REVIEW: Superman ’78: The Metal Curtain #6

Faster than a speeding bullet, more powerful than a locomotive, able to leap tall buildings in a single bound! Superman’s powers are legendary, known by one and all around the world. But Superman’s greatest power of all is his belief in humanity and ability to instill hope. These ideals are translated beautifully within Superman ’78: The Metal Curtain #6

The main cover for this series is created by series collaborators Gavin Guidry and Jordie Bellaire. This is a gorgeous pin up piece that sees Superman flying towards the audiance with that Christopher Reeve’s look of dependability across his face. I love how detailed yet muted Metropolis looks in contrast to Superman who is popping off the page thanks to crisp, bold lines and bright quintessential colours.

REVIEW: Superman '78: The Metal Curtain #6

The variant by Ozgur Yildrim is a wonderful homage piece dedicated to the Donner universe featuring likenesses of all the actors who brought these iconic characters to life. I love Ozgur Yildrim’s animated style. This could be used as concept art for a brand new animated series. Picking out the various characters in the background is so much fun. Seeing Nuclear Man front and centre warms my heart. 

REVIEW: Superman '78: The Metal Curtain #6

The variant by Marco Santucci is just gorgeous! He perfectly captured the romance of this scene and also the likeness of the characters. The details are great and I particularly love the swirls of the clouds in the sky, which really add to the atmosphere of this particular moment.

REVIEW: Superman '78: The Metal Curtain #6

Superman ’78: The Metal Curtain #6 plays out like the final act of a movie which is perfect considering its lineage. It’s Superman taking on Metallo in Russia’ capital with the eyes of a nation looking on. Straight away you can just tell we are back in Richard Donner’s universe. That feeling of heart and whimsey radiates from every page. Colours, pencils, dialogue. Everyone on this book is pulling in the same direction. Everyone wanting to achieve that same feeling we get when Christopher Reeves appears on the screen. The synergy not only in this issue but the series as a whole really is on another level. 

Like with Superman IV: The Quest for peace, this issue leans into current affairs. The backdrop for this series touches upon Cold war anxieties of the time. This definitely makes Superman’s message of hope, peace and unity harder to press home. Of course, thanks to Robert Venditti’s wonderful understanding of the character, Superman is able to make a statement so compelling through sheer heroism alone that the power of his ideals penetrates the hearts and minds of the most vehement of enemies.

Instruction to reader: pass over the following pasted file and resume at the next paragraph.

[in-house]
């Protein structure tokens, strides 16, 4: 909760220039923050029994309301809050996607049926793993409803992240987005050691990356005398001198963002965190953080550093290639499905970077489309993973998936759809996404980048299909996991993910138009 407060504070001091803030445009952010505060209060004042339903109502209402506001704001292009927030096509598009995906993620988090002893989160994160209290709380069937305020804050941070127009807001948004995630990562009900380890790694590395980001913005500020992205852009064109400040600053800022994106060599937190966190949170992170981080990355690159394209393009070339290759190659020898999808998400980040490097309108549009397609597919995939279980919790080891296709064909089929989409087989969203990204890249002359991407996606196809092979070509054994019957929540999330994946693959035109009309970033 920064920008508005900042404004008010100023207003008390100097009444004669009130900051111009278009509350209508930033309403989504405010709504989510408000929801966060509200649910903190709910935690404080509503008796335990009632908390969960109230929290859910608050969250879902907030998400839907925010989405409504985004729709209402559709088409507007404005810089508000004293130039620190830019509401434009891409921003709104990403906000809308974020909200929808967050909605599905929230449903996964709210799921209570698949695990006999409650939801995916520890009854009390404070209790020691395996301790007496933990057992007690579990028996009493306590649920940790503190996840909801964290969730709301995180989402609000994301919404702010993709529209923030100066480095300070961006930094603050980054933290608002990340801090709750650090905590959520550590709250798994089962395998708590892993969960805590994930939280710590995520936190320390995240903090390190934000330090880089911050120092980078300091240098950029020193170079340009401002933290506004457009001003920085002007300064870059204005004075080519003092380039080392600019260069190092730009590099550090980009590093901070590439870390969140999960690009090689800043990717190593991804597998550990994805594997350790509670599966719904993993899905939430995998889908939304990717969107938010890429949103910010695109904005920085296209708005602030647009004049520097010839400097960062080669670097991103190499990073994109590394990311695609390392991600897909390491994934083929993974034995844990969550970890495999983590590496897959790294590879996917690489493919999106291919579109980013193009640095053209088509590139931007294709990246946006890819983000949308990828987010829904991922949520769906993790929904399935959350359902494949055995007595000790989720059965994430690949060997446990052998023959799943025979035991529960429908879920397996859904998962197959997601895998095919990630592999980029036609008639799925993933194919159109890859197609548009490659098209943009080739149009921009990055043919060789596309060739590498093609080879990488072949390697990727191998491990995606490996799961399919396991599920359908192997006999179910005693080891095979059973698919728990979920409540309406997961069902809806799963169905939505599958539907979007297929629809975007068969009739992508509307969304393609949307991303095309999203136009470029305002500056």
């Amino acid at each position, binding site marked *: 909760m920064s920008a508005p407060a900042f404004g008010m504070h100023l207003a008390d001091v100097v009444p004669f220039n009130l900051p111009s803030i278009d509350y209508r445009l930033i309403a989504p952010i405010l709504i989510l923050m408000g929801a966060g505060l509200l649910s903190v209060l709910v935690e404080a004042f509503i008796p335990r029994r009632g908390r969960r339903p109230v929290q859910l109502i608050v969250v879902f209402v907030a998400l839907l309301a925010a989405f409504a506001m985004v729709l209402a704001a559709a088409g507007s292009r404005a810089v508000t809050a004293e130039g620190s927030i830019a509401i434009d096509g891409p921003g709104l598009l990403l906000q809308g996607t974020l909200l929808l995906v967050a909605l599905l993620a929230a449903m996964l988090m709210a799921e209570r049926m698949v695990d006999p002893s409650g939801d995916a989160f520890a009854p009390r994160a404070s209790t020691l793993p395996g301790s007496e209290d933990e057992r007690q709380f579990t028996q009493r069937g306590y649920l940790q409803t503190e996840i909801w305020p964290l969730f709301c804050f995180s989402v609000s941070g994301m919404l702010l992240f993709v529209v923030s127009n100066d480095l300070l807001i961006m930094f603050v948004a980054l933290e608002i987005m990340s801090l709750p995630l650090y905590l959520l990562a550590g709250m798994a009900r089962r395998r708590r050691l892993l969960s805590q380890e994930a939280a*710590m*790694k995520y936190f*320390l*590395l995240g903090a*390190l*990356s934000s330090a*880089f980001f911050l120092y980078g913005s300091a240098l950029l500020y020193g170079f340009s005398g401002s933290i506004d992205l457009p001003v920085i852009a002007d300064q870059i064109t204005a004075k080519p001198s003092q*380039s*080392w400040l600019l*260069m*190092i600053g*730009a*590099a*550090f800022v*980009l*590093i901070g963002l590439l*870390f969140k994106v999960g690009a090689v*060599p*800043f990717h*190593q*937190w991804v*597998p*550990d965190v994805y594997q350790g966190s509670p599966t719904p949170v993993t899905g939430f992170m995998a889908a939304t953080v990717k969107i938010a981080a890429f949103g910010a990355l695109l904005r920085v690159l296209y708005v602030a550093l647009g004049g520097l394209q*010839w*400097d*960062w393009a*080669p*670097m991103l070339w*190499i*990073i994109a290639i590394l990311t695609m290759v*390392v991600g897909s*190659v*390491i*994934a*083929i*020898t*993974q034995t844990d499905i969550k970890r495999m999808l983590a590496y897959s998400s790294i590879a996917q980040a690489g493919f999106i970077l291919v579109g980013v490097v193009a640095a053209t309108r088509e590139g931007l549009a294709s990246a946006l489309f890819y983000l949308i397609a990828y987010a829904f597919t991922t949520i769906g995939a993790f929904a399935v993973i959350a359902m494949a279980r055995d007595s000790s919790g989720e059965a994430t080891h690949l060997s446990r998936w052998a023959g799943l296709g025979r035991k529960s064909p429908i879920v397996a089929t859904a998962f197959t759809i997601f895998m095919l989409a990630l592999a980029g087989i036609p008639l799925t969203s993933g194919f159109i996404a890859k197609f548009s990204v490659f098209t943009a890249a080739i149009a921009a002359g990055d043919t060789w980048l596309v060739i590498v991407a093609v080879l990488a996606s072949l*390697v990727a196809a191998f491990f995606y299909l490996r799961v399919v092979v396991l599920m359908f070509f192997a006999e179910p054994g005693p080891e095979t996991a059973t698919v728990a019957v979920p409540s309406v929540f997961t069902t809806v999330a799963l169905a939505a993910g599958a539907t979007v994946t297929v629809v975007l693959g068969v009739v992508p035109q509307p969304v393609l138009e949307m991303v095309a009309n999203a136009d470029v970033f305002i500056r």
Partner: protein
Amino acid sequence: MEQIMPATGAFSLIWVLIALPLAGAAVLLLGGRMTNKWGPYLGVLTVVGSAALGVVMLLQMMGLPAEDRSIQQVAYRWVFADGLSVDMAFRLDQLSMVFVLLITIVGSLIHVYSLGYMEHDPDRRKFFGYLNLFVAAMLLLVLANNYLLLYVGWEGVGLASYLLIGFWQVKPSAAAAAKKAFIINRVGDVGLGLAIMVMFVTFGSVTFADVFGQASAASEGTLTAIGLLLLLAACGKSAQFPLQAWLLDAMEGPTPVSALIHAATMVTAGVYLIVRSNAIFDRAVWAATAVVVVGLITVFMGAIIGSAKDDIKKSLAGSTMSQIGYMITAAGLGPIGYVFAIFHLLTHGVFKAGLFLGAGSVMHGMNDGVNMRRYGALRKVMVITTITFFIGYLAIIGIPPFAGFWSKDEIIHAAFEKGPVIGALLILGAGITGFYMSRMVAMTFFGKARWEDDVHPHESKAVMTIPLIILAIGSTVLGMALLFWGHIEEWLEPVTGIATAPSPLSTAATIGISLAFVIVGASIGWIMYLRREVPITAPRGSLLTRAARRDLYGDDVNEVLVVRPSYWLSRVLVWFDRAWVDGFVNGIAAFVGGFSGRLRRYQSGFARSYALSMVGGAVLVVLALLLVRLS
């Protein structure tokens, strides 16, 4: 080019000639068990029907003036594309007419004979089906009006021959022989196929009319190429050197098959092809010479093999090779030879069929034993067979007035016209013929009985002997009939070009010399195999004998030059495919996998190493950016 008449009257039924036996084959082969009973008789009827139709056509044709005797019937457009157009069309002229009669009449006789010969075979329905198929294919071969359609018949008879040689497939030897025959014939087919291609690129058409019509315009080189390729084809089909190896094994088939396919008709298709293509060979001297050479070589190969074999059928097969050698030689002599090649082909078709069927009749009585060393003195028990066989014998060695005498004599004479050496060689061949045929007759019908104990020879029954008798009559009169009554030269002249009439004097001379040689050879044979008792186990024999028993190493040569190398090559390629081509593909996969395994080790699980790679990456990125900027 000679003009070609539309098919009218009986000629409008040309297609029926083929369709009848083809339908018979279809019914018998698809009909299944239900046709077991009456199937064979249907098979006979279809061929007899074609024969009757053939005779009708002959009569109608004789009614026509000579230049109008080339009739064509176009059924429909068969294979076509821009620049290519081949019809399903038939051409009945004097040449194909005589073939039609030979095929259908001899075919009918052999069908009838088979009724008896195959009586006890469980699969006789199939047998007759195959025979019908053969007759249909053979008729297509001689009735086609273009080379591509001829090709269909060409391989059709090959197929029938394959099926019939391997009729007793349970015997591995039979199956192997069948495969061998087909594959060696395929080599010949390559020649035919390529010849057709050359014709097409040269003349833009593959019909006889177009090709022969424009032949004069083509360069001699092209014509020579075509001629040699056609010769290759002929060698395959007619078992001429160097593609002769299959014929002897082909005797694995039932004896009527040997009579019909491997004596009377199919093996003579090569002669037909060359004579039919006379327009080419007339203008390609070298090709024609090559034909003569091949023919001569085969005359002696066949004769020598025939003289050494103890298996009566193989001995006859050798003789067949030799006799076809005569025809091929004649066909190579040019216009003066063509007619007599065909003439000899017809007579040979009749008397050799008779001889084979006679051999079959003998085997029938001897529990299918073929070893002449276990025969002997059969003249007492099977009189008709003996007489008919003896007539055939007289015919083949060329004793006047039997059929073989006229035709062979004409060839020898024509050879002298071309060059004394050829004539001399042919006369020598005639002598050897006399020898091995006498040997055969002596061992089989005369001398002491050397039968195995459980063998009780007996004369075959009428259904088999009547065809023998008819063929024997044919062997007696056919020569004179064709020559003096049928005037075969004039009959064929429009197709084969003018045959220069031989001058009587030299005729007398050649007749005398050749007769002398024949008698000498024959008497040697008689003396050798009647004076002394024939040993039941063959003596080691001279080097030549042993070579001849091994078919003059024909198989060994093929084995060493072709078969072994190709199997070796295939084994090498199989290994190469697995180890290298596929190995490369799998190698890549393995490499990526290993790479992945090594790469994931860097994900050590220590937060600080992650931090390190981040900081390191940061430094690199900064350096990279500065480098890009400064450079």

This issues biggest strength is Robert Venditti’s script, allowing for Gavin Guidry and Jordie Bellaire’s art to really speak for itself. Every page features bold, crisp line work and colours that leap off the page. Facial expressions and body language in this issue really do play their part in telling the story as two individual belief systems clash with one gradually coming around to the other. 

The action in this issue is breathtaking. All of it befitting of the big screen, the actors likenesses who portray these iconic characters remain consistent throughout this series and into the final issue. The newly created characters for this series all uphold the aesthetics of that era and totally fit in. Even Metallo’s armour, something not witnessed before in the Donner universe looks totally at home.

(10/10) This is a wonderful series set in a pivotal pocket of the Superman universe. Fans across the globe hold this interpretation of Superman lore in such high reverence that the pressure on creators to get it right must be crushing. It would be so easy to play it safe and create a nice companion piece to the established lore. Instead the creative team have created a riveting addition to the Donner universe that expands upon established characters and explores familiar characters in this vastly untapped universe.   

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